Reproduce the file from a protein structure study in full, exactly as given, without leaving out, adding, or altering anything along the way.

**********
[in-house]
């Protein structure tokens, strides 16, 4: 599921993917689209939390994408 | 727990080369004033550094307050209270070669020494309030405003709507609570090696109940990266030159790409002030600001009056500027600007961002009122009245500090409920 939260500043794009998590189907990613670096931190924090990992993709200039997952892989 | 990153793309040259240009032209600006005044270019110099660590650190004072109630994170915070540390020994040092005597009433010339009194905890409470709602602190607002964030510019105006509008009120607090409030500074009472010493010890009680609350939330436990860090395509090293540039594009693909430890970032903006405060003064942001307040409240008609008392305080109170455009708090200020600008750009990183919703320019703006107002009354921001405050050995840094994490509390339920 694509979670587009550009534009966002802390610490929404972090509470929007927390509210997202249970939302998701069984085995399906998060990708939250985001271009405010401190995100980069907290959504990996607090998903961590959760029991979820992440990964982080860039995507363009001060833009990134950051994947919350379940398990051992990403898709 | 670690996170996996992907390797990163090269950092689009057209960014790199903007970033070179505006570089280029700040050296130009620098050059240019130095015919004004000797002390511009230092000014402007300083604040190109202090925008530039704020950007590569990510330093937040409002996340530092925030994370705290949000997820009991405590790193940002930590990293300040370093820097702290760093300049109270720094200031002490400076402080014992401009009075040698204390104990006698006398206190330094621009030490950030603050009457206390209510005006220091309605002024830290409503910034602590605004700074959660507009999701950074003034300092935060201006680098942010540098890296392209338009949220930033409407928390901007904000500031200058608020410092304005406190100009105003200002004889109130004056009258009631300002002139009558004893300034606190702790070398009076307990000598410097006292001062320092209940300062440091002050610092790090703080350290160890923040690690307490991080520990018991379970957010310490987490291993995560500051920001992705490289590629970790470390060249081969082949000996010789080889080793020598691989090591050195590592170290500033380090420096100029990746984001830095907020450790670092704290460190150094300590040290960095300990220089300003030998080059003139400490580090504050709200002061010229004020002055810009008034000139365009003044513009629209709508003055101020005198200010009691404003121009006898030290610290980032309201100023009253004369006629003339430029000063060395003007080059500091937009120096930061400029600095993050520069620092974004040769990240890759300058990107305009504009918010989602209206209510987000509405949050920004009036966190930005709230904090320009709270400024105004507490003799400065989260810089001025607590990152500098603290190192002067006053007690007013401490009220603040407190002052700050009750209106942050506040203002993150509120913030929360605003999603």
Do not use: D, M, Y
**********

[in-house]
């Protein structure tokens, strides 16, 4: 599921993917689209939390994408 | 727990080369004033550094307050209270070669020494309030405003709507609570090696109940990266030159790409002030600001009056500027600007961002009122009245500090409920 939260500043794009998590189907990613670096931190924090990992993709200039997952892989 | 990153793309040259240009032209600006005044270019110099660590650190004072109630994170915070540390020994040092005597009433010339009194905890409470709602602190607002964030510019105006509008009120607090409030500074009472010493010890009680609350939330436990860090395509090293540039594009693909430890970032903006405060003064942001307040409240008609008392305080109170455009708090200020600008750009990183919703320019703006107002009354921001405050050995840094994490509390339920 694509979670587009550009534009966002802390610490929404972090509470929007927390509210997202249970939302998701069984085995399906998060990708939250985001271009405010401190995100980069907290959504990996607090998903961590959760029991979820992440990964982080860039995507363009001060833009990134950051994947919350379940398990051992990403898709 | 670690996170996996992907390797990163090269950092689009057209960014790199903007970033070179505006570089280029700040050296130009620098050059240019130095015919004004000797002390511009230092000014402007300083604040190109202090925008530039704020950007590569990510330093937040409002996340530092925030994370705290949000997820009991405590790193940002930590990293300040370093820097702290760093300049109270720094200031002490400076402080014992401009009075040698204390104990006698006398206190330094621009030490950030603050009457206390209510005006220091309605002024830290409503910034602590605004700074959660507009999701950074003034300092935060201006680098942010540098890296392209338009949220930033409407928390901007904000500031200058608020410092304005406190100009105003200002004889109130004056009258009631300002002139009558004893300034606190702790070398009076307990000598410097006292001062320092209940300062440091002050610092790090703080350290160890923040690690307490991080520990018991379970957010310490987490291993995560500051920001992705490289590629970790470390060249081969082949000996010789080889080793020598691989090591050195590592170290500033380090420096100029990746984001830095907020450790670092704290460190150094300590040290960095300990220089300003030998080059003139400490580090504050709200002061010229004020002055810009008034000139365009003044513009629209709508003055101020005198200010009691404003121009006898030290610290980032309201100023009253004369006629003339430029000063060395003007080059500091937009120096930061400029600095993050520069620092974004040769990240890759300058990107305009504009918010989602209206209510987000509405949050920004009036966190930005709230904090320009709270400024105004507490003799400065989260810089001025607590990152500098603290190192002067006053007690007013401490009220603040407190002052700050009750209106942050506040203002993150509120913030929360605003999603």
Do not use: D, M, Y